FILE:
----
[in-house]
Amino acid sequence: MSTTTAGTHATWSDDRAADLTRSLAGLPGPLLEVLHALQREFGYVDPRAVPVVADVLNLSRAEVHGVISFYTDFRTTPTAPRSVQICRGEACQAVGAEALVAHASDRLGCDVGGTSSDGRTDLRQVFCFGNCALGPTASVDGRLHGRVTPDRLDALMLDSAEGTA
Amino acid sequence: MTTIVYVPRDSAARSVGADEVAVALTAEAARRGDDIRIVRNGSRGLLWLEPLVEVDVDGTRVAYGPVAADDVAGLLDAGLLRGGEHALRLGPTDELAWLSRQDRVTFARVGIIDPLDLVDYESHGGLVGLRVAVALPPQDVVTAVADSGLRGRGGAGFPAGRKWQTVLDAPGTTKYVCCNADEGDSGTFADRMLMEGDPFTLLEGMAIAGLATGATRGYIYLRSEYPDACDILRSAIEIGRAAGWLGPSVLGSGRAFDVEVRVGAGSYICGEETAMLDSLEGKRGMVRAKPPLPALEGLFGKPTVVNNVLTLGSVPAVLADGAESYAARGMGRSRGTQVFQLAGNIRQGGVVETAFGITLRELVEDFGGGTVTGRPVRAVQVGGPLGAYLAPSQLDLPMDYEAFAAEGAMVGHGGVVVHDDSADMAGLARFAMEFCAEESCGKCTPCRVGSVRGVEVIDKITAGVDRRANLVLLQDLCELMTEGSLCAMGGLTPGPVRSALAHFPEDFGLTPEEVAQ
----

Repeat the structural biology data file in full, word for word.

[in-house]
Amino acid sequence: MSTTTAGTHATWSDDRAADLTRSLAGLPGPLLEVLHALQREFGYVDPRAVPVVADVLNLSRAEVHGVISFYTDFRTTPTAPRSVQICRGEACQAVGAEALVAHASDRLGCDVGGTSSDGRTDLRQVFCFGNCALGPTASVDGRLHGRVTPDRLDALMLDSAEGTA
Amino acid sequence: MTTIVYVPRDSAARSVGADEVAVALTAEAARRGDDIRIVRNGSRGLLWLEPLVEVDVDGTRVAYGPVAADDVAGLLDAGLLRGGEHALRLGPTDELAWLSRQDRVTFARVGIIDPLDLVDYESHGGLVGLRVAVALPPQDVVTAVADSGLRGRGGAGFPAGRKWQTVLDAPGTTKYVCCNADEGDSGTFADRMLMEGDPFTLLEGMAIAGLATGATRGYIYLRSEYPDACDILRSAIEIGRAAGWLGPSVLGSGRAFDVEVRVGAGSYICGEETAMLDSLEGKRGMVRAKPPLPALEGLFGKPTVVNNVLTLGSVPAVLADGAESYAARGMGRSRGTQVFQLAGNIRQGGVVETAFGITLRELVEDFGGGTVTGRPVRAVQVGGPLGAYLAPSQLDLPMDYEAFAAEGAMVGHGGVVVHDDSADMAGLARFAMEFCAEESCGKCTPCRVGSVRGVEVIDKITAGVDRRANLVLLQDLCELMTEGSLCAMGGLTPGPVRSALAHFPEDFGLTPEEVAQ